- Historic Sites
First Step To The Moon
The first American to leave the Earth's atmosphere recalls the momentous flight that put us on a course for the moon.
July/August 1994 | Volume 45, Issue 4
I felt movement. Again I readied myself for vibration and shock. In anticipation I’d already turned up the volume of my headphones. I didn’t want to miss a word from Deke because of the still-increasing noise.
Freedom 7 swayed slightly.
My heart pounded.
“You’re on your way, José!” Deke shouted.
“Roger, liftoff, and the clock has started,” I called out. Now I felt the power beneath me; the minimal sound and vibration surprised me. Redstone came to life gently. But by God, I was on my way.
“This is Freedom 7 . Fuel is go. Oxygen is go. Cabin holding at five-point-five PSI.”
“I understand, cabin holding at five-point-five,” Deke responded.
Flame lifted Freedom 7 higher, faster.
Not bad at all! Damn, Shepard, this is smoother than anything you ever expected. Hang in, guy. It’s going beautifully .
I spoke to Mercury Control. “This is Freedom 7 . Two-point-five g. Cabin five-point-five. Oxygen is go. The main bus is twenty-four, and the isolated battery is twenty-nine.”
A comfortable, assured “Roger” came back from Deke.
I was at two and a half times my normal weight. So far the flight was a piece of cake. I was through the smoothest part of powered ascent, and now came the rutted road, the barrier I had to cross before leaving the atmosphere behind.
Redstone was hammering at shock waves gathering stubbornly before its passage, slicing from below the speed of sound through the barrier to supersonic straight up. Now I was in Max Q, the zone of maximum dynamic pressure where the forces of flight and ascent challenged the booster rocket. My helmet slammed against the contour couch.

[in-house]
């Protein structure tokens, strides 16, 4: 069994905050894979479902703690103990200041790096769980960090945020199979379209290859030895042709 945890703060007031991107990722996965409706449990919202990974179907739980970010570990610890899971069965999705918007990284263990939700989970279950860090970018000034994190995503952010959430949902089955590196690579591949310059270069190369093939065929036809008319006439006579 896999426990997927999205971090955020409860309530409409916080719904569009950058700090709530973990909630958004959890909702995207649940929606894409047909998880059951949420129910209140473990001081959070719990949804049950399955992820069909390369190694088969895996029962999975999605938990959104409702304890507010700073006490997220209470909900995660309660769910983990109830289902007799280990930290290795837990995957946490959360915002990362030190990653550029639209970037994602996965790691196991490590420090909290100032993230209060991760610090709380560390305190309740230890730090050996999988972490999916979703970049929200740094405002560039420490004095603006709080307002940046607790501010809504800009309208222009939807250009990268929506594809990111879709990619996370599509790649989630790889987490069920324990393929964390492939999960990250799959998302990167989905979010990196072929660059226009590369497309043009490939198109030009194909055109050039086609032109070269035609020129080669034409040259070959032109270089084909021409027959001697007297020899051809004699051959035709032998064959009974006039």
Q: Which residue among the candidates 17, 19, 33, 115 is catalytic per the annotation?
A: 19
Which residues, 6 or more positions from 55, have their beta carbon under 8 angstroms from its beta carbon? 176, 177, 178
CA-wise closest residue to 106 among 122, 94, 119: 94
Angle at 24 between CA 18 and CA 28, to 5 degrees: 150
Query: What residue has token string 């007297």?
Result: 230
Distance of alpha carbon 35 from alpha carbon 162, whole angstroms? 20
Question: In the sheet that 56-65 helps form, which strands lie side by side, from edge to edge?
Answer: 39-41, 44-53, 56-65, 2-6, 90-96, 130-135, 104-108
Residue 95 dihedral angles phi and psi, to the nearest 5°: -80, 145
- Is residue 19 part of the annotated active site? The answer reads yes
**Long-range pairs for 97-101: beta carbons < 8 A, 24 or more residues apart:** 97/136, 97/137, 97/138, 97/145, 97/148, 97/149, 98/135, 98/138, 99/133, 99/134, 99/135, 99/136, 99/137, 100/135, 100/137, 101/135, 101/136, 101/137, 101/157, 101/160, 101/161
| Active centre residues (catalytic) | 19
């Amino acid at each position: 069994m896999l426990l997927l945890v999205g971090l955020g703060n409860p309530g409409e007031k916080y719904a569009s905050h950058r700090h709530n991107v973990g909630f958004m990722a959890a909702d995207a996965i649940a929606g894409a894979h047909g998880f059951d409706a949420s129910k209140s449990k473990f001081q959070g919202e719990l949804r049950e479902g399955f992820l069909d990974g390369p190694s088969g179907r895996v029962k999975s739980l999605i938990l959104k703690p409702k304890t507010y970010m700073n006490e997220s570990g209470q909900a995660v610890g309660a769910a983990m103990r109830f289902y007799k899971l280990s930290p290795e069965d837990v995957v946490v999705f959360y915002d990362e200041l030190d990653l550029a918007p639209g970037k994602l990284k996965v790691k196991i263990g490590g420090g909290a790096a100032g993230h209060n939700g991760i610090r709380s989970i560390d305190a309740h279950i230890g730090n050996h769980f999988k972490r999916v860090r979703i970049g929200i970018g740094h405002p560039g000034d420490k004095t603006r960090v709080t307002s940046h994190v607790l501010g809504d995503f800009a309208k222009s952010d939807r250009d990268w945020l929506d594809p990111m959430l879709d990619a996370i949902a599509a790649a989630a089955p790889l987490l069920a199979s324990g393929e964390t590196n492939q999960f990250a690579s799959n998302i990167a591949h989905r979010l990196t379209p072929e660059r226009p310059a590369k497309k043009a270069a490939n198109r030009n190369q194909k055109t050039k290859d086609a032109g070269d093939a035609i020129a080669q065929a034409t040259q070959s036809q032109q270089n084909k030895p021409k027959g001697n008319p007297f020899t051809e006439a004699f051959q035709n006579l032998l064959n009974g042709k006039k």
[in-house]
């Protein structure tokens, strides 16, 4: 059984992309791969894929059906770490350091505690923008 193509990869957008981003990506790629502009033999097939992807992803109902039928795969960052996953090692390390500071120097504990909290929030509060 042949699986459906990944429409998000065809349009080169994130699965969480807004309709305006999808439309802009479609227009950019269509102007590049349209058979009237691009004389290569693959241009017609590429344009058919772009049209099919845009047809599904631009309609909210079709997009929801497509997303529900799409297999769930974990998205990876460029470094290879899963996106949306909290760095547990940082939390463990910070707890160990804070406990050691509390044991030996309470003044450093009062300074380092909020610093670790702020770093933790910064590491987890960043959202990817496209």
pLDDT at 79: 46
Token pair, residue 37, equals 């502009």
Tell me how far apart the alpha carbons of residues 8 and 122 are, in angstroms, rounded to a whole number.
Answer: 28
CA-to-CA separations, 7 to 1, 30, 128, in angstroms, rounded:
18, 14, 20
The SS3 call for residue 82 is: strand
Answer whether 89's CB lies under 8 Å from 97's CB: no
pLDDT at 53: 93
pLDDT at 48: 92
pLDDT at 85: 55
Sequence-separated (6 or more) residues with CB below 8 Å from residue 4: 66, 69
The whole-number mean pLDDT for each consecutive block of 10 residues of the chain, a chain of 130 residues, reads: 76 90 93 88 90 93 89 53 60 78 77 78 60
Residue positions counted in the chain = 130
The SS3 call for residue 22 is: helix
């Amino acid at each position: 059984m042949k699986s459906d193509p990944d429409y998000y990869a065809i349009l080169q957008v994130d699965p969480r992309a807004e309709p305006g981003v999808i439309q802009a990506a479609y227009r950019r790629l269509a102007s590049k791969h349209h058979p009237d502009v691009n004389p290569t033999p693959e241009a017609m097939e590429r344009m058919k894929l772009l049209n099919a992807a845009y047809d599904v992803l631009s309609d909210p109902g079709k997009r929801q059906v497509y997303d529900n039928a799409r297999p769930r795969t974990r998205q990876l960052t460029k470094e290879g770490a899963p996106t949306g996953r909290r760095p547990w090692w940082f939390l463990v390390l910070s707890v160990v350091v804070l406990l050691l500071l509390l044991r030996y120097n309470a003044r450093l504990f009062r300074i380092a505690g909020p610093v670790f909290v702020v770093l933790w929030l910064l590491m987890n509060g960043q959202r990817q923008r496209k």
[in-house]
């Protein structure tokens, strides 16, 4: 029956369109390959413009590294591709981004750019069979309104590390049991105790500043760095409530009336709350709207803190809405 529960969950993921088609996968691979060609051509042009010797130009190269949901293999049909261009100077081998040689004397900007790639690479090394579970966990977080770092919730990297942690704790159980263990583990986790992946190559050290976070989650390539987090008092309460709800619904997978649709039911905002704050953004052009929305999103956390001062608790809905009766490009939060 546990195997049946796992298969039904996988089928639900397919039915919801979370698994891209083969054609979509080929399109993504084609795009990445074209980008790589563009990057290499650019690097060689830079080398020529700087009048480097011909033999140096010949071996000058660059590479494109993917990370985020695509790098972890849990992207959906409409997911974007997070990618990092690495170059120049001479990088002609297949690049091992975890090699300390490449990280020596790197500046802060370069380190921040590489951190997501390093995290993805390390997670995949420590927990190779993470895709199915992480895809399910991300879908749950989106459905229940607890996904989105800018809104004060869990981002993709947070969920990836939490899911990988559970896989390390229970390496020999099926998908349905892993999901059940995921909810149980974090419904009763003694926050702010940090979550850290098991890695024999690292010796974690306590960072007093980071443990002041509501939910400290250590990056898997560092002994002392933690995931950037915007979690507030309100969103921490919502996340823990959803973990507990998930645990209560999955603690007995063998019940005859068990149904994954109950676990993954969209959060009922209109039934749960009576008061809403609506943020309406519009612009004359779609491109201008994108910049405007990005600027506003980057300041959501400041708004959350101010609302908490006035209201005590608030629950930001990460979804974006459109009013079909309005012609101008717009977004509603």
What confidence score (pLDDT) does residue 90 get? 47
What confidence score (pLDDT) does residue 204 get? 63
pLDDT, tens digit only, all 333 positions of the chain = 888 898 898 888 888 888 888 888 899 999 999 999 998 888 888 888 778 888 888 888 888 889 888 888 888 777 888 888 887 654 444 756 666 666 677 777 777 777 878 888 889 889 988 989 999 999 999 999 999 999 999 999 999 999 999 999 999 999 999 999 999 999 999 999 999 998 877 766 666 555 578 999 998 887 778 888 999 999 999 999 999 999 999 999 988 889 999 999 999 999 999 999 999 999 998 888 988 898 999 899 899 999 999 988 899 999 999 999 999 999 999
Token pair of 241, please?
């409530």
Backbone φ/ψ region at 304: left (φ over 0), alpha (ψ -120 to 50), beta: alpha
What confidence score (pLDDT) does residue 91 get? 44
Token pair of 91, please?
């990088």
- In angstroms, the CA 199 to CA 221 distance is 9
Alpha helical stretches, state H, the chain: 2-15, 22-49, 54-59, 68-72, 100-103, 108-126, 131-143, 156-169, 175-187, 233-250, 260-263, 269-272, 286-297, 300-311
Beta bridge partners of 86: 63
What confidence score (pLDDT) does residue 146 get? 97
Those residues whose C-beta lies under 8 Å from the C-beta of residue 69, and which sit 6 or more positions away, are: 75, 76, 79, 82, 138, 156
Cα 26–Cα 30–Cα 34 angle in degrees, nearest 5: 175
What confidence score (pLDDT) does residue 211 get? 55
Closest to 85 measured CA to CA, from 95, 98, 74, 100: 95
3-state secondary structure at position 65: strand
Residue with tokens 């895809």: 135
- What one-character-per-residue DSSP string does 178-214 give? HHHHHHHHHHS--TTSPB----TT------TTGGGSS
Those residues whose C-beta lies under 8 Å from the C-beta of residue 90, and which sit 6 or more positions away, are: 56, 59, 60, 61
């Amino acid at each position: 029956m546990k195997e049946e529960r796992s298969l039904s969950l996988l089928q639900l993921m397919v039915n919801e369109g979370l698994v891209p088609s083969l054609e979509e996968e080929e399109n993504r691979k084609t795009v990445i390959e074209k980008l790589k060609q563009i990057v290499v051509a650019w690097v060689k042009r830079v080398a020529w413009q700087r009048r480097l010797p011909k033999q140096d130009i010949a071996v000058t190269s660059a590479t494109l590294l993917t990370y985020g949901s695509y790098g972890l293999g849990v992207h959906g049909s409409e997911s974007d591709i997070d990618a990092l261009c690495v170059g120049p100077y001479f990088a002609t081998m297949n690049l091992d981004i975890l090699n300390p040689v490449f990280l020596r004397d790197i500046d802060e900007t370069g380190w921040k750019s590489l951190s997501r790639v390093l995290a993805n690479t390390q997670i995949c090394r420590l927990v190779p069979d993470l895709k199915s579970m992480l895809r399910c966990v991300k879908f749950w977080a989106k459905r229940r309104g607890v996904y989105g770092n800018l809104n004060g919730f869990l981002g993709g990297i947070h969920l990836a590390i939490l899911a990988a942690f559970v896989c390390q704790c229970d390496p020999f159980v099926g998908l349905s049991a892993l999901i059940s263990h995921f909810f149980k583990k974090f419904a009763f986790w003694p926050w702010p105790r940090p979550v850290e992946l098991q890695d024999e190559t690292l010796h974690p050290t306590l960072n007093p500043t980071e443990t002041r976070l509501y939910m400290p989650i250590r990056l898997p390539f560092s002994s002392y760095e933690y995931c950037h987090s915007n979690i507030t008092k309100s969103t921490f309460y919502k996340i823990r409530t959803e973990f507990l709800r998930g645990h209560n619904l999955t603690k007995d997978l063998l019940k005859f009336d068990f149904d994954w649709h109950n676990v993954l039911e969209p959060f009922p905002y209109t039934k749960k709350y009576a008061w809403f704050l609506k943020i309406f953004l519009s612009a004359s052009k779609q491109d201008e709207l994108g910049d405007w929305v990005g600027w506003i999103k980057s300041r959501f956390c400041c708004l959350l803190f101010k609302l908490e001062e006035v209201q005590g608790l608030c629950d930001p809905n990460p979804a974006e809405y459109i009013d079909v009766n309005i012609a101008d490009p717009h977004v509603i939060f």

Eighteen inches before me the instrument panel became a blur, almost impossible to read.
One thousand pounds of pressure for every square foot of Freedom 7 was trying to crack the capsule.
I started to call for Deke, changed my mind. A garbled transmission at this point could send Mercury Control into a flap. It might even trigger an abort.
And then the Redstone slipped through the hammering blows into smoothness. Out of Max Q, I keyed the mike.
“Okay, it’s a lot smoother now. A lot smoother.”
“Roger,” said Deke.
Mercury Control called out the time hack. “Plus two minutes.”
I was now twenty-five miles high and accelerating through twenty-seven hundred miles an hour. Increasing g-forces mashed me down into my couch. It hurt, and it felt terrific.
What a ride!
“All systems are go,” I called down to Deke.
Redstone increased my weight to a thousand pounds as I called out the force of six times gravity to Deke. I was finding it difficult to talk as the g-forces squeezed my throat and vocal cords. But I drew on the techniques of fighting these loads I’d perfected in test flying, and they heard me clearly in Mission Control.
THE THOUSAND POUNDS OF PRESSURE FOR EVERY SQUARE FOOT OF FREEDOM 7 WAS TRYING TO CRACK THE CAPSULE.
Another moment of truth was at hand: cutoff. That was the instant when the Redstone engine shut down, when the booster became an empty tube from which I had to separate.
Above my head a single large solid-propellant rocket blazed to life, spewing back flame from three canted nozzles. These broke connecting links to yank the tall escape tower, now no longer needed, away from Freedom 7 and send it racing along a safe departure angle.
Systems functioned precisely on their rapid schedule.
Three small separation rockets at the base of the capsule ignited. Freedom 7 pulled away from Redstone.
A new light flashed on the instrument panel.
“This is Seven . Cap sep is green.”
I was on my own, slicing high above earth along a great ballistic arc.